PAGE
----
Friday, June 3, 2011

It was only blitz, but...

Leo Kaushansky played last weekend!

For the uninitiated, Kaushansky was Chicago's top player for at least one year in the pre-Gurevich 1980s.  He, Dmitry, and Albert Chow were among the co-champions of the 1994 U.S. Open in Chicago.

As long as we're posting articles from NY papers....

Great article on James Black in yesterday's Daily News.

Here's my challenge to Rahm: why can't we turn out greater champions in Chicago?

P.S. You can also watch the WNYC interview with James Black:

Handball, chess, scholastic competition, and the amateur ideal

Today's New York Times reports that two 17-year-old handball champions were disqualified from the Public Schools Athletic League handball championship "because they had entered a tournament that awarded cash prizes, which is against league rules."

In chess, as in handball, one becomes a better player by facing stronger opponents. I don't like teenagers playing games for money. But I think the definition of "amateur" needs to be re-examined by the Illinois High School Association and Chicago Public Schools. Merely competing against non-amateurs should not jeopardize one's amateur status. In my opinion, it's reasonable to ban students from accepting prizes.

Organizers can help (and possibly help their profit margins) by offering amateur entry fees to their events. If a high school kid can't accept a $5,000 prize, then why should that kid have to pay $200+ to enter the event?

Tuesday, May 31, 2011

Chess Drum on Chicago Open

International Masters Farai Mandizha of Zimbabwe and Oladapo Adu of Nigeria
Photo: Daaim Shabazz

A cute minature from yesterday

Courtesy Dennis Monokroussos at The Chess Mind.

Chen-Stopa, Chicago 2011
Black to play and win immediately

Vanity combination (relegated to the notes)

So what was I thinking yesterday when I played 18...Ng4!? in the position below?  Yes, taking on f2 with check is threatened, but there is no mate, and it seems that White could play 19.dxc6 "for free." Don't let Rybka decide for you: use your noggin. Post the critical variation(s) in the comments.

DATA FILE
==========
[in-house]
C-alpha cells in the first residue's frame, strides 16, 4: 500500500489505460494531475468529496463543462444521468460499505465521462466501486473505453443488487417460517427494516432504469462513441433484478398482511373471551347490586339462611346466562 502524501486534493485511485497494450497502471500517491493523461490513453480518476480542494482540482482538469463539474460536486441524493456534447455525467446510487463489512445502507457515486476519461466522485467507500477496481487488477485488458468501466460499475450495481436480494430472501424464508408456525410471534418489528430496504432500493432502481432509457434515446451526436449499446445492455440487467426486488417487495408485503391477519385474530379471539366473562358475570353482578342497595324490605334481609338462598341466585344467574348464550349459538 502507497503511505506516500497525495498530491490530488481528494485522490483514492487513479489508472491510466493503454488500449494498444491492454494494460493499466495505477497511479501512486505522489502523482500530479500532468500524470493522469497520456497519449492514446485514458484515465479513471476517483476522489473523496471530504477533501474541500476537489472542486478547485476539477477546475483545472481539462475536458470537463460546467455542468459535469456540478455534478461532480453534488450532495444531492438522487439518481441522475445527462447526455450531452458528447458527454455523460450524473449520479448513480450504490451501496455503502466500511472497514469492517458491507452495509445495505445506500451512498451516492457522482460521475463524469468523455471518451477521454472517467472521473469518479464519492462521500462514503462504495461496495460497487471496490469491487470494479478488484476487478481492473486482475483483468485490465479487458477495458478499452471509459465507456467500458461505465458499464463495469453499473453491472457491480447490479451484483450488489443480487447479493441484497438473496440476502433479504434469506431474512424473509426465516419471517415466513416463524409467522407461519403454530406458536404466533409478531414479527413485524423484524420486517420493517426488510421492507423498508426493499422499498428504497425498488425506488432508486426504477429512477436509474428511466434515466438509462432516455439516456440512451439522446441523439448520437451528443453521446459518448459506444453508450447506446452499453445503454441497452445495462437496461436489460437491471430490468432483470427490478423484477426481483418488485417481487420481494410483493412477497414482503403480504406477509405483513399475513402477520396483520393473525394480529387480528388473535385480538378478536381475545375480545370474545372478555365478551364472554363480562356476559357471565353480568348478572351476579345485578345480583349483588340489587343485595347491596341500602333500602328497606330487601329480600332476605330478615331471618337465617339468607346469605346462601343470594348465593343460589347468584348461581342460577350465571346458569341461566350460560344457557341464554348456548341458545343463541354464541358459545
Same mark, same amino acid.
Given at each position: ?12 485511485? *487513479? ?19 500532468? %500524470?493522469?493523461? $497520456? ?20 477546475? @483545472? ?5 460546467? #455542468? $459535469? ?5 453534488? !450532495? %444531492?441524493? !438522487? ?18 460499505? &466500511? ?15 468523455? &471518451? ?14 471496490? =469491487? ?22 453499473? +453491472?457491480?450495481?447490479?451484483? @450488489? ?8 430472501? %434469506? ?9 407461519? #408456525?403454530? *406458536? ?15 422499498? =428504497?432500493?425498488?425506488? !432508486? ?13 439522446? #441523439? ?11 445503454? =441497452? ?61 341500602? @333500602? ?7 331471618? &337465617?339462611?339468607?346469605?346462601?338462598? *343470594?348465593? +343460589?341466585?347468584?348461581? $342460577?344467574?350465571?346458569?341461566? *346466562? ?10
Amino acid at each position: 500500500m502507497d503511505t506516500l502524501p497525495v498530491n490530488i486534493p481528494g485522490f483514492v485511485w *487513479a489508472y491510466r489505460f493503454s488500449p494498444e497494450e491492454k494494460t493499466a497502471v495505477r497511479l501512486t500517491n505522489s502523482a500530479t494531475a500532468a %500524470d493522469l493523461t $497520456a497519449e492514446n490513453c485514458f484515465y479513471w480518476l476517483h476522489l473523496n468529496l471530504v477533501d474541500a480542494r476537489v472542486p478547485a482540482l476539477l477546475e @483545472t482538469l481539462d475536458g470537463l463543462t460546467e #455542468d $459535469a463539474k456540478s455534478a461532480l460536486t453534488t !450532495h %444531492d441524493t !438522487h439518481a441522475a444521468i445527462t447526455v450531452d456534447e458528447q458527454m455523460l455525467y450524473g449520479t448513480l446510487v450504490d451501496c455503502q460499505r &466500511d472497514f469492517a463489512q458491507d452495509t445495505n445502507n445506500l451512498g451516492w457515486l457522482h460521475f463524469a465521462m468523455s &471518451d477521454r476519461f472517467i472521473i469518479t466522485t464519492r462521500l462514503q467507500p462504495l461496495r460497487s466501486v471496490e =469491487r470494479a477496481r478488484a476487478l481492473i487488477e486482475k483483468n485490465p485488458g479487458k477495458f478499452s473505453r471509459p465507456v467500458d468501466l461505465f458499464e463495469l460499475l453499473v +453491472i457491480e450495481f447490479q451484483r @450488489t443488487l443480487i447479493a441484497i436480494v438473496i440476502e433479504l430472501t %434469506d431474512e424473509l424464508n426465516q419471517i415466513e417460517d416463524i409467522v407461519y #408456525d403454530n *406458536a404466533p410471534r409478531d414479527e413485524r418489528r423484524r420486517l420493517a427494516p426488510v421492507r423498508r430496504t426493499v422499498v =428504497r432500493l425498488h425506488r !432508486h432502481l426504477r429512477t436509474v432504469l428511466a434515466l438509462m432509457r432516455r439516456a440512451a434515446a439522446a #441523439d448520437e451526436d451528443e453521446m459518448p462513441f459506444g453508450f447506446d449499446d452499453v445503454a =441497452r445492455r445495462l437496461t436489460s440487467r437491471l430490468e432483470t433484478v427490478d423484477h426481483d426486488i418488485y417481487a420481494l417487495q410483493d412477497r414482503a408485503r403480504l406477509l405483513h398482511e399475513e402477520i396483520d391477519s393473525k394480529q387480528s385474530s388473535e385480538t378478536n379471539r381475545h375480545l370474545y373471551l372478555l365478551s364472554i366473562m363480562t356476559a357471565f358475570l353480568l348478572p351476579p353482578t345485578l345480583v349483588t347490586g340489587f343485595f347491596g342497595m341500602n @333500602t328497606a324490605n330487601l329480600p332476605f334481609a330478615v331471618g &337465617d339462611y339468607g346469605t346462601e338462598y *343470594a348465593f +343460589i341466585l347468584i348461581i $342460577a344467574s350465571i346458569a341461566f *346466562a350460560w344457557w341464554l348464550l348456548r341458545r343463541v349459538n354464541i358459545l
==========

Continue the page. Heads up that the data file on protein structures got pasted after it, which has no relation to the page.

In the post-mortem, my genial opponent (a NM from Virginia) and I suspected that the move was possibly not the best, but definitely the most fun to play in the last round.

NM Adarsh Jayakumar (left) and a Cro-Magnonesque blogger desperately trying to stay awake after Yet Another Giuoco Pianissimo
Courtesy DeKalb Chess

"Gareyev Hot in Chicago"

Photo: Betsy Dynako

So does the Chicago Open winner prefer the English transliteration "Gareev" (per Wikipedia, which is never wrong, and by analogy with Russian supergrandmaster Bareev) or Gareyev (per USCF)?  Nice article by Jamaal Abdul-Alim at Chess Life Online with several key games.

And here's a photo gallery by Betsy Dynako, and a mid-tournament story featuring GM Pentala Harikrishna.

Last but not least, USCF's Member Services Area has already rated the event: kudos to them!

Aurora-Naperville Chess Club event June 5

Details here!

The club itself meets every Tuesday (but not tonight): more info at the club's blog.

DeKalb Chess Club

Not strictly Chicagoland, but not that far: looks like a congenial place to play!

The club's next USCF event is June 25: details here.

Timur Gareev wins Chicago Open

Congratulations to Uzbek/Texan Grandmaster Timur Gareev, who won the $10,200 first prize in the 2011 Chicago Open with a very impressive 7½-1½ score.

GMs Pentala Harikrishna of India, Robert Hess of New York, and Alejandro Ramirez of Texas tied for second with 7 points.  GM Mesgen Amanov was tops among the four local grandmasters with 6½ points.

You can find results and prizewinners for all sections here: much more to follow!